Independent sales organizations can present themselves as consultants by specializing in offering card-acceptance services to just one or two types of clients and really getting to know those businesses.
Experts who recommend that approach to acquiring often cite the example of concentrating on selling card services to health care providers. ISOs can get started in that specialty by learning about compliance-related issues for that industry, they say.
At the same time, however, ISOs that do not specialize in health care also may benefit from brushing up on medical-data regulations. Those rules apply to companies in many other industries that somehow touch health care information–anything from a clinic’s accounting firm to a health plan’s paper-shredding service.
“We believe ISOs and card processors that develop even basic consultative knowledge of HIPAA and HITECH can leverage that knowledge to open doors into card-processing relationships,” says Mark Brady, compliance director for Compliance Solutions and Resources, or CSR, a Jensen, Beach, Fla.-based compliance provider.
HIPAA, the Health Insurance Portability and Accountability Act of 1996, regulates electronic and paper health records. HITECH, or the Health Information Technology for Economic and Clinical Health Act of 2009, a variation from HIPAA, covers only electronic transmission of health information and does not take into account paper records.
HIPAA’s Title I protects health-insurance coverage for workers when they change jobs, but ISOs should focus on Title II, which deals with handling health information, Brady suggests. Title II, known as “administrative simplification,” covers rules concerning privacy, security and enforcement.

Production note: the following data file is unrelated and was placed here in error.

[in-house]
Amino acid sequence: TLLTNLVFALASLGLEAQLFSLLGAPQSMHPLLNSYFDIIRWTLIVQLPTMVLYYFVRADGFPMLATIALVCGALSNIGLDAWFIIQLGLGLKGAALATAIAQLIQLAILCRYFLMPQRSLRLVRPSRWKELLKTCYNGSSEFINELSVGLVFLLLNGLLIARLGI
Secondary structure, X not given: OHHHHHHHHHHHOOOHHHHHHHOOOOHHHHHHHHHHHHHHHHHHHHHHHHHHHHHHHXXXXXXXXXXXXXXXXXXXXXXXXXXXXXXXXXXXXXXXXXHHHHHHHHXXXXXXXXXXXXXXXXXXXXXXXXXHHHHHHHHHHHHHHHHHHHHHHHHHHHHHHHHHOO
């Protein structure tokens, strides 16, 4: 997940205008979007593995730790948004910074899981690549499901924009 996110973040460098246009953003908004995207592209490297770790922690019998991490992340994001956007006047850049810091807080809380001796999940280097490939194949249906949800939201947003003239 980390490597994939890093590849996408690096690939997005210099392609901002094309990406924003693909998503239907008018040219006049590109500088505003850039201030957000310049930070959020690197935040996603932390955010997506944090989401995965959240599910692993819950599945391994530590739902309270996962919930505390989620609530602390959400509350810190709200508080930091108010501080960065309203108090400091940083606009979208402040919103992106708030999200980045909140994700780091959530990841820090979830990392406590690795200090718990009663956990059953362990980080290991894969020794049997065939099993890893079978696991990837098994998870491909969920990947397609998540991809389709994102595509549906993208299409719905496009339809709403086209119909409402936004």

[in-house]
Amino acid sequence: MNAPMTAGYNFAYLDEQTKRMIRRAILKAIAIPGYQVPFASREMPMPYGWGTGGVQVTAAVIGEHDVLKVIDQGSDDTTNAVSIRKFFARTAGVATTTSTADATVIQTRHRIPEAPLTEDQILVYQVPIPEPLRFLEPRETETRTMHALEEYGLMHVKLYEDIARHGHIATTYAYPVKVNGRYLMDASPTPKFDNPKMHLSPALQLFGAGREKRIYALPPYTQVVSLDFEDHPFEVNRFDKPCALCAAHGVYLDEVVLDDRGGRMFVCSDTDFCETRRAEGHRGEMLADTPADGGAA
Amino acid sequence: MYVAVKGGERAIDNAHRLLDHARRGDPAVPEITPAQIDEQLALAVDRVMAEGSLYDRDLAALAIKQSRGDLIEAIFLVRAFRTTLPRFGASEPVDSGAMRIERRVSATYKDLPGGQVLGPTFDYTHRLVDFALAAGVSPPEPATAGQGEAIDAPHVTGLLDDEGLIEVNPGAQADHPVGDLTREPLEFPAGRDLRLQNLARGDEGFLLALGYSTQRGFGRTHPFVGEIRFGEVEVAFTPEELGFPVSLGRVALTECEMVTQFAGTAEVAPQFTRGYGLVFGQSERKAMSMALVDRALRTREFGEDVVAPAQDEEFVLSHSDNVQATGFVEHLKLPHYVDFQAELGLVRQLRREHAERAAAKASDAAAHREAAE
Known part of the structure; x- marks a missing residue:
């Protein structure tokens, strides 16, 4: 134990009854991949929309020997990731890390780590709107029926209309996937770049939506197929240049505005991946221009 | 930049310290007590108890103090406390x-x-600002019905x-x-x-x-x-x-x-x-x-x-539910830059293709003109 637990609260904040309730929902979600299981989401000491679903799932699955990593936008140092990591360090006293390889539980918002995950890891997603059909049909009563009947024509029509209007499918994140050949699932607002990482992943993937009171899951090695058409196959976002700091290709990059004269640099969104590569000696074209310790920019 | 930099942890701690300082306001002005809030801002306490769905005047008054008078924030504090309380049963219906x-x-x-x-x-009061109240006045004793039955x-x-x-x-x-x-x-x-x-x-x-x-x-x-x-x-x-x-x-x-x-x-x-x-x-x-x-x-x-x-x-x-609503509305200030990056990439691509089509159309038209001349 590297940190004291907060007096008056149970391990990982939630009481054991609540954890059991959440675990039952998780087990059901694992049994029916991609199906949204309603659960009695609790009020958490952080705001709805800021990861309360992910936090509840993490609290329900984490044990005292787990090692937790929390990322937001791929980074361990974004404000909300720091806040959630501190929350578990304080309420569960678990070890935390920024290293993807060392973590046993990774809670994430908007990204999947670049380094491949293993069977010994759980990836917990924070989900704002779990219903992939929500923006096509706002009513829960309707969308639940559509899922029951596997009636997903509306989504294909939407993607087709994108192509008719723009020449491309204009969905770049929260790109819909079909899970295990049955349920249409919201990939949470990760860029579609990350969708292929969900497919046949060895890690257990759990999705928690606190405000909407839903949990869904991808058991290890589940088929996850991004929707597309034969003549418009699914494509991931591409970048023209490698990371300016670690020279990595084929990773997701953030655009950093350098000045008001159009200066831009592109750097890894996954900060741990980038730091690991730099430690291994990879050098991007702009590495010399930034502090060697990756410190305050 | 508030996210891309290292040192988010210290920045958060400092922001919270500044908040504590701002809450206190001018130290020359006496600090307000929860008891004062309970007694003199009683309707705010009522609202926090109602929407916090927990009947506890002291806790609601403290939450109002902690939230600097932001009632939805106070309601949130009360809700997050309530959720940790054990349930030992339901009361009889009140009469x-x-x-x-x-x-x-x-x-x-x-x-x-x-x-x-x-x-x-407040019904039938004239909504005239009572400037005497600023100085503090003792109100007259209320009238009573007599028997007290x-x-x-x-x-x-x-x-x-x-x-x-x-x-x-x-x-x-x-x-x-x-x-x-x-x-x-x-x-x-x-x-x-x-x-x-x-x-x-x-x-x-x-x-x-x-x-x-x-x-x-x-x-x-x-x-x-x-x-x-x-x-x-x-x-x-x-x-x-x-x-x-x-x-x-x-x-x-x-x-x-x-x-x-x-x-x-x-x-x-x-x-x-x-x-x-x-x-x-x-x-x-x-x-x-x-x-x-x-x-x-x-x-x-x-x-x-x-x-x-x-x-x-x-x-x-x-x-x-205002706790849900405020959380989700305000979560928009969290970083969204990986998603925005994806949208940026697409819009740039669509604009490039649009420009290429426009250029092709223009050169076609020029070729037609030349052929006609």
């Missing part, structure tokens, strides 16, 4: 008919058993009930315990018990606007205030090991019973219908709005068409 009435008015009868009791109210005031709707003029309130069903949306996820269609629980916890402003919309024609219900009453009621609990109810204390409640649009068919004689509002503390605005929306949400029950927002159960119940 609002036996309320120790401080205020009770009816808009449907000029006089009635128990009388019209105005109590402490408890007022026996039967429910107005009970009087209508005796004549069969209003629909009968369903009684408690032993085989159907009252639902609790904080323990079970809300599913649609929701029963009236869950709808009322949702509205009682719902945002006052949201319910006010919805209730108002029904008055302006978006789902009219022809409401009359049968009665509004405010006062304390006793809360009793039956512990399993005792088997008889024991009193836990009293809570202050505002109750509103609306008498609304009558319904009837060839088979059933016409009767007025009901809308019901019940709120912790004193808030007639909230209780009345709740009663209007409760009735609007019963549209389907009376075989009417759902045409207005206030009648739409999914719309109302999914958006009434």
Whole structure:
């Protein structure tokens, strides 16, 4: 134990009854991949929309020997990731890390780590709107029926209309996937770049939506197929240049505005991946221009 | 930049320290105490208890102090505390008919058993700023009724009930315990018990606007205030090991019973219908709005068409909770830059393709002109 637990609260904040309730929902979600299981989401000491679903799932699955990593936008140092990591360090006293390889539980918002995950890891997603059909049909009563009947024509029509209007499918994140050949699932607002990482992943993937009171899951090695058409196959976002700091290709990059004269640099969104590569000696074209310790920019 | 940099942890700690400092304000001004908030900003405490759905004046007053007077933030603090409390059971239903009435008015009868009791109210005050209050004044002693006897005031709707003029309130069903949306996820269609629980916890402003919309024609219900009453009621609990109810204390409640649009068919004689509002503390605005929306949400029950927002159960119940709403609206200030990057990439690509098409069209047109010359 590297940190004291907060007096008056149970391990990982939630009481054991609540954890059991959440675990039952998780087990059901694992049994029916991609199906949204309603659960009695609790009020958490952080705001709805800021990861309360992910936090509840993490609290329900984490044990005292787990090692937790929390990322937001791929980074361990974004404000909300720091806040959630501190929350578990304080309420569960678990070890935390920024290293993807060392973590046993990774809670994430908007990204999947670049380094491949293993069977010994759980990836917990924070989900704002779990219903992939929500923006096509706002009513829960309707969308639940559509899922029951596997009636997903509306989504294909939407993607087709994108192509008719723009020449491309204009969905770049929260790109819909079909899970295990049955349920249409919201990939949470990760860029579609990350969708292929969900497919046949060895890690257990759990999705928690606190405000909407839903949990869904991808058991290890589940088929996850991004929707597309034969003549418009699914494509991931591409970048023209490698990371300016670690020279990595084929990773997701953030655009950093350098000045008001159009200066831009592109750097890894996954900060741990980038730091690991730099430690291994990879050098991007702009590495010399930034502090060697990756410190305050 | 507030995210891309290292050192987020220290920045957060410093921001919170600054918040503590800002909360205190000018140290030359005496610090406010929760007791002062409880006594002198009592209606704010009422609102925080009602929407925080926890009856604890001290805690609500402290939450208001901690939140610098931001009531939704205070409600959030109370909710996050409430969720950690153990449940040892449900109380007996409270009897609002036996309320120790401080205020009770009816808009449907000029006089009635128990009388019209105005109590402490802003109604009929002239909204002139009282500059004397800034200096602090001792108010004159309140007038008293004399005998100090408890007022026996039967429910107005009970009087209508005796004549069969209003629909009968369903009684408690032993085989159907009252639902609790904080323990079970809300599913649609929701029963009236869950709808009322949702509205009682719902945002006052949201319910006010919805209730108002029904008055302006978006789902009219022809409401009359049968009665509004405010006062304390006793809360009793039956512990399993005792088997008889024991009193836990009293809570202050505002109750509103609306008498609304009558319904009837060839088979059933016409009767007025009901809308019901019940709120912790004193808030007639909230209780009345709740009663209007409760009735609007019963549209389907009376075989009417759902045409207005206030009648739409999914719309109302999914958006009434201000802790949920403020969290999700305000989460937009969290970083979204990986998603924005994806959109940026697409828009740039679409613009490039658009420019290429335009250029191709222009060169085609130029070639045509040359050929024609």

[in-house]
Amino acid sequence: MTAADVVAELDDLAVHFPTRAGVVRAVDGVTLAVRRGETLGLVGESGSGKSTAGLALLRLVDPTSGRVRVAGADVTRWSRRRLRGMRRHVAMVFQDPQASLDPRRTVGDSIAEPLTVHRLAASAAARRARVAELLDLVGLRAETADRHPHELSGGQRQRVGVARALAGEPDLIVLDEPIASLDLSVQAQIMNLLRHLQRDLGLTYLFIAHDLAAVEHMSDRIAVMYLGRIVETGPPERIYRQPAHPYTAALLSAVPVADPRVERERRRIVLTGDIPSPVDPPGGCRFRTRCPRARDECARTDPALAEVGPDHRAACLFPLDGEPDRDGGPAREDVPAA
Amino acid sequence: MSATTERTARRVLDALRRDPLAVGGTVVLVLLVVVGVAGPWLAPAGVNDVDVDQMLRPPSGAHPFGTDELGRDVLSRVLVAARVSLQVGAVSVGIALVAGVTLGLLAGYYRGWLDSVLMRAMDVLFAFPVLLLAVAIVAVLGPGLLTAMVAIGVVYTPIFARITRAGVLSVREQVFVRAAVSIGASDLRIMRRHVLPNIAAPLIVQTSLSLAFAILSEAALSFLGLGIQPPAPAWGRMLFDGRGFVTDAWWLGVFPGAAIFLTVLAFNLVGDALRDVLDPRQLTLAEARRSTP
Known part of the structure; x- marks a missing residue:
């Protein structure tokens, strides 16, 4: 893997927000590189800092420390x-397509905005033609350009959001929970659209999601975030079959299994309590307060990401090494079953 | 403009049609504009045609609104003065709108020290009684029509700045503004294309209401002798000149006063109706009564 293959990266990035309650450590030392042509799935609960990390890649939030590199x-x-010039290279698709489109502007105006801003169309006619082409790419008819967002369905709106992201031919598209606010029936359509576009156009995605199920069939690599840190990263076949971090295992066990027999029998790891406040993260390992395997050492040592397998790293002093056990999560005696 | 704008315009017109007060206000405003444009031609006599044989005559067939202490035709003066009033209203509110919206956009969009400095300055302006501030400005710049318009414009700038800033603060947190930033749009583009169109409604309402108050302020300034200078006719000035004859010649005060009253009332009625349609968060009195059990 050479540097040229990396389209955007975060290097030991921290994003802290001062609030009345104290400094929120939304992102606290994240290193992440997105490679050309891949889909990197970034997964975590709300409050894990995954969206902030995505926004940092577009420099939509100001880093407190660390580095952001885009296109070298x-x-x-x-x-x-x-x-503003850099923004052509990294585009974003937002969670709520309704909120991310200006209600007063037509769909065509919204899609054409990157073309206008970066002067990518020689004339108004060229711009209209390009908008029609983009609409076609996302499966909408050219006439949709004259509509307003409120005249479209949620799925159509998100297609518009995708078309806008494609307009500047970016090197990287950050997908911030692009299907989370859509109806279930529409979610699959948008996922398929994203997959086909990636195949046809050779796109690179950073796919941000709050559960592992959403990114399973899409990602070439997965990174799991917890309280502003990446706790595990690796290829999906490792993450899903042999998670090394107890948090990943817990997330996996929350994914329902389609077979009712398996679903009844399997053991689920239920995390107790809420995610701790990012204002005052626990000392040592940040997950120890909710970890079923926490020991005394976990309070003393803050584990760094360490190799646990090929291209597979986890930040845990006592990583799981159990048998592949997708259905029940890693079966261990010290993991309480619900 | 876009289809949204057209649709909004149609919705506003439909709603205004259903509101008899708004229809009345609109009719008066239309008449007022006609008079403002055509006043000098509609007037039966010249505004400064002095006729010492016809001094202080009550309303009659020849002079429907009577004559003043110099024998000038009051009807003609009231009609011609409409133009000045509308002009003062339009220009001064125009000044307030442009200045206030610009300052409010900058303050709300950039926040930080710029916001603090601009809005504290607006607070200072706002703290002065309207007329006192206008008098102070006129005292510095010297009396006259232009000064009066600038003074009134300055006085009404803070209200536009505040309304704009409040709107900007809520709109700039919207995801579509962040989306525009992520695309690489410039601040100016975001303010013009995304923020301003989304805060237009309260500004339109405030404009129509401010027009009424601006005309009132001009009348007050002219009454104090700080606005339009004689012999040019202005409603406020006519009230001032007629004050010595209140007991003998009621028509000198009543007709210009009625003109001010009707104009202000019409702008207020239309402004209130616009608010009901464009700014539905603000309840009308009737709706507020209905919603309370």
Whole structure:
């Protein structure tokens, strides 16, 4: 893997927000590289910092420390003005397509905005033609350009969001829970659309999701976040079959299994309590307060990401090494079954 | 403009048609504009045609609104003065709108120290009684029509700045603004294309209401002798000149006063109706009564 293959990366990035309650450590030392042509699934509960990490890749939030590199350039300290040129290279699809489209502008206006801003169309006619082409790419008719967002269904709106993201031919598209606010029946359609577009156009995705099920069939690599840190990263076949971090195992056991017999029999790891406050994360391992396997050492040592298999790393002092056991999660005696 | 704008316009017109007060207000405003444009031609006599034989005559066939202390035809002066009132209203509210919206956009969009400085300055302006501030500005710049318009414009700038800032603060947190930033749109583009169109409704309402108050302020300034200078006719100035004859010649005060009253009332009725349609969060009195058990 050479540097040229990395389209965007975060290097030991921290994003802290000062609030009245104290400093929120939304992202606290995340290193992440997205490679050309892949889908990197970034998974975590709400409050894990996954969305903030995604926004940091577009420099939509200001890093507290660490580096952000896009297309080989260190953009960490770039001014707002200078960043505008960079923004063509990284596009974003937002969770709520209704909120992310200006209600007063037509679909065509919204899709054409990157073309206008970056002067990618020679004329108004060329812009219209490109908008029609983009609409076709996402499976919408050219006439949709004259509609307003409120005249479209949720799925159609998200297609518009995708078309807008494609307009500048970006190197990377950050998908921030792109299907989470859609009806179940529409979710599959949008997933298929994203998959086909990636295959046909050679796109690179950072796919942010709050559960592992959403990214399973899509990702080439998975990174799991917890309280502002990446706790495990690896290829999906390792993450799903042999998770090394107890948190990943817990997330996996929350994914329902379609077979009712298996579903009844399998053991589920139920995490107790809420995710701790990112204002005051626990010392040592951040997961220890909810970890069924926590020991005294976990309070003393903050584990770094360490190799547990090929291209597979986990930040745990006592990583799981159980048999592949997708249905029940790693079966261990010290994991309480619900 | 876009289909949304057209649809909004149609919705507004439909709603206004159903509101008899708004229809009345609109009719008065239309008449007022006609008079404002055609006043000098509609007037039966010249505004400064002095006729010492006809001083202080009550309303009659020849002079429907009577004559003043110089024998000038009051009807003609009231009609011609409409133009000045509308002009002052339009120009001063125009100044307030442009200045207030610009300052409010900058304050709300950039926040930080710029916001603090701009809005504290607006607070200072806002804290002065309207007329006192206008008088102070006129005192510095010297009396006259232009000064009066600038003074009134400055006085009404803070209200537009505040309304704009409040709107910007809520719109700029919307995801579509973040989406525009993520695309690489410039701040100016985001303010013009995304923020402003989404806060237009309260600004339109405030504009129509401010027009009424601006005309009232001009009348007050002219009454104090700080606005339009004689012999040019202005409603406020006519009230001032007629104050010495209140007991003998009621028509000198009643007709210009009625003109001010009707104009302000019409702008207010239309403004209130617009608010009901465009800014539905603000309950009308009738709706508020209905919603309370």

The privacy rule mandates the form patients fill out on their first visit to a health care provider, Brady notes. It instructs providers to appoint a privacy officer, but smaller entities sometimes outsource privacy functions instead, he says. It also requires privacy training for the provider’s entire workforce.
Under the safety rule, the government established administrative, physical and technical safeguards and standards that resemble some of the requirements of the Payment Card Industry data security standards, Brady says. It also requires providers to create policies and set procedures, he notes.
The enforcement rule sets civil and criminal penalties for violating HIPAA rules. The government has levied a few significant fines recently and is auditing providers, Brady says.
HIPAA applies to “covered entities,” including clinics, health plans, health care billing services and community health-information systems–all the health care providers that transmit medical data, Brady says. But the government expanded some of that responsibility to everyone who does business with “covered entities” by passing HITECH, he says.
HITECH stretches the scope of regulation to such entities as fundraisers, marketers, data analysts and aggregators, consultants, attorneys, accountants, actuaries, managers, administrators, photocopiers, medical records companies, document shredders, information-storage companies, billers, collections firms and website hosts, according to a list Brady provided.
It also requires reporting data breaches to the Health & Human Services Department, Brady says. If fewer than 500 individuals are affected, entities can report breaches annually, he says. If more than 500 are victimized, entities must report breaches within 72 hours.
States also are passing legislation and imposing regulations that sometimes restrict health care information more stringently than the federal rules, Brady warns.
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